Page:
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University of Wyoming

University of Wyoming Physics & Astronomy Colloquium Series

Fridays -- 4:10 PM -- Prowse Room 234

Pre-Colloquium tea served at 3:45 in the Cinnamon Room, PS 237

Spring 2008 Schedule

Feb 1 Pablo Bauleo (Colorado State)
Recent Results and Status of The Pierre Auger Cosmic Ray Observatory

Abstract: The Pierre Auger Collaboration goal is to measure the upper end of the cosmic ray spectrum (E > 10^19 eV) using two observatories, one located in Argentina -under construction- and the other one in Colorado -under planning-. At those energies the flux is extremelly low (1 CR/km**2/year) therefore each observatory will cover an area larger than 3.000 km**2, both in the Argentinean pampas and in the high plains of southeast Colorado. There is not a conclusive model that can explain how the particles could be accelerated at those energies but recent experimental data has begun to shine light on the cosmic ray sources location. At the highest energies the arrival directions correlates with the spatial distribution of AGNs. This talk will cover the measurement techniques, the observatory status, summarize the recent released results obtained with the southern detector as well as cover future research plans and status of the northern observatory.

Feb 22 Srikanth Hariharan (U. South Florida)
Functional Magnetic Nanostructures: Living on the Edge

Magnetic nanostructures are considered basic building blocks in spintronics and high-density data storage applications. Surface and configurational effects in oxide nanoparticle assemblies have been increasingly found to play significant roles in controlling the magnetic anisotropy. Surface terminations in ferrite nanoparticles, core-shell structures and composite metal-oxide nanostructures that favor spin frustration can contribute to significant enhancement of anisotropy. For instance, these effects could result in tunable exchange bias which is useful in overcoming the superparamagnetic limit and enhancement of the magnetic entropy potentially useful for spot cooling in MEMS/NEMS devices. Surface contributions to magnetic anisotropy are notoriously difficult to probe using conventional magnetization experiments. Over the years, we have pioneered the sensitive method of radio-frequency (RF) transverse susceptibility that is unique in terms of its ability to precisely probe such phenomena. We will present and discuss novel cooperative magnetic phenomena arising from surface and interface effects as probed by AC and RF dynamic susceptibility experiments in nanoscale oxides as well as thin film heterostructures. Overall, we demonstrate that RF susceptibility experiments are ideally suited to sensitively probe novel magnetic phenomena in oxide nanostructures and heterostructures. Work supported by the DOE-BES, NSF and ARO.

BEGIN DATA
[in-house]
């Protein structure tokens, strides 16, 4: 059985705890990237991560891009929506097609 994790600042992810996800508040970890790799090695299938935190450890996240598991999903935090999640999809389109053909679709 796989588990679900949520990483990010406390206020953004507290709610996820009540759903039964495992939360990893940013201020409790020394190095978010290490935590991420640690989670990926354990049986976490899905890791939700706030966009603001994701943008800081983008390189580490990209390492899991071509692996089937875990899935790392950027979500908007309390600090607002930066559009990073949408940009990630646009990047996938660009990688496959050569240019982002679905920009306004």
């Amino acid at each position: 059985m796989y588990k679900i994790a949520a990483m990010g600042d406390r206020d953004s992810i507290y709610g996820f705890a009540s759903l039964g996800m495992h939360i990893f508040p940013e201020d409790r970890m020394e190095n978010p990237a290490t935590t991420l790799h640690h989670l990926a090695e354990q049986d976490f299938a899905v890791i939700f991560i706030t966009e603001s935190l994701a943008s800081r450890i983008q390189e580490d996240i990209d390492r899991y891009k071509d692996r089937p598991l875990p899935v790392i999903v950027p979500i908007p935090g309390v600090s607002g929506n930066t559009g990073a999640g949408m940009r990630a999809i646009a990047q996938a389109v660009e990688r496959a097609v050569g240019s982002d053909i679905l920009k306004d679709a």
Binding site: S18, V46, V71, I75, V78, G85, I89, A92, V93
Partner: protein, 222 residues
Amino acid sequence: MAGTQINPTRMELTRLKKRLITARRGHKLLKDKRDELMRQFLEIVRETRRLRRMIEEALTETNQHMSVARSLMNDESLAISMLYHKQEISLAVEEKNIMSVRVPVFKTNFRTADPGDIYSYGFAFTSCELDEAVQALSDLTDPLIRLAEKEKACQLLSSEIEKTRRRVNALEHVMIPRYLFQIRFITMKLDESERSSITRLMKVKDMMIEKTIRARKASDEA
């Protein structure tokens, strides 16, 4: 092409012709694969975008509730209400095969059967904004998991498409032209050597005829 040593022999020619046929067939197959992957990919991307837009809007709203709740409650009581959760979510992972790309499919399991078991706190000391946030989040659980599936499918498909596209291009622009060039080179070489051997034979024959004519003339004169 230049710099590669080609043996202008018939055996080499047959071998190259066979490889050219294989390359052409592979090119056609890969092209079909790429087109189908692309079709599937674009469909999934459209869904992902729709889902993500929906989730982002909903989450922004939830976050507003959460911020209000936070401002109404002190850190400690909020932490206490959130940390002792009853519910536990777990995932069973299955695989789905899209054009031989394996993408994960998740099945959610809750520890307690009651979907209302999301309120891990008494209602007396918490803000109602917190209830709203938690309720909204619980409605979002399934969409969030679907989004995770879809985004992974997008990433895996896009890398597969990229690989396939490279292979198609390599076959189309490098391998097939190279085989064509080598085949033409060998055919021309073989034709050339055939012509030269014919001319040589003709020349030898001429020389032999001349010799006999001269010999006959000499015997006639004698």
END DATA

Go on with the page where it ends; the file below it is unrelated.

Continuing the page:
Mar 14 John Feldmeier (Youngstown State U.)

April 18 Jennifer Hoffman (University of Denver)
Polarization of circumstellar material across the HR diagram

Stars do not evolve in isolation, but rather interact with their surroundings in a variety of ways throughout their lifetimes. Configurations of gas such as disks, winds, jets, and outflows mediate between stars and their local environments, from the youngest accreting prestellar systems to the most spectacular supernova explosions. Using examples from various stages of stellar evolution, I will discuss the ways astronomers can study these interactions by using polarimetric observations and numerical modeling to probe the geometrical and optical characteristics of circumstellar matter distributions.

April 25 Cynthia Froning (Colorado)
Near-Infrared Spectroscopy of Compact Binaries: Structure, Evolution, and Black Hole Masses

Compact binaries are interacting binary systems in which a late-type donor star fills its Roche lobe and transfers mass to a compact accretor. When the accreting object is a white dwarf, the systems are called cataclysmic variables; when the accretor is a black hole or a neutron star, they are designated X-ray binaries. Compact binaries are excellent test beds for investigations of the physics of accretion, binary stellar evolution, relativistic effects, thermonuclear bursts, and outflows from winds and collimated jets. In this talk, I will present the results of near-infrared photometry and spectroscopy of several compact binary systems and show how analysis of these observations reveals information about the structure, temperature, and opacity of the accretion region; the history of evolution and chemical processing in the binary; and the masses of the accretors, including black holes.

May 16 Charles Kerton (Iowa State)
New Views of teh Cygnus X Region

Cygnus X is the somewhat mysterious sounding name given to a region of intense star formation in our Galaxy. It is of interest to those studying star formation because it is the home of several OB associations, numerous HII regions and thousands of probable YSOs and embedded infrared sources. The standard interpretation of Cygnus X is that one is looking along the local spiral arm/spur of our Galaxy and seeing numerous star-forming regions piled-up along the line of sight. This talk will review some recent "new views" of Cygnus X in the radio and infrared. We will see how these observations are giving new life to an alternative idea that the majority of the star-formation activity seen in Cygnus X is associated with a giant molecular cloud (GMC) at 1.5 kpc thus providing us with the opportunity to examine the structure of a GMC in great detail.

Previous colloquia series: Fall 2002 Spring 2003 Fall 2003 Spring 2004 Fall 2004 Spring 2005 Fall 2005 Spring 2006 Fall 2006 Spring 2007 Fall 2007
Contact for program information: Daniel Dale (ddale @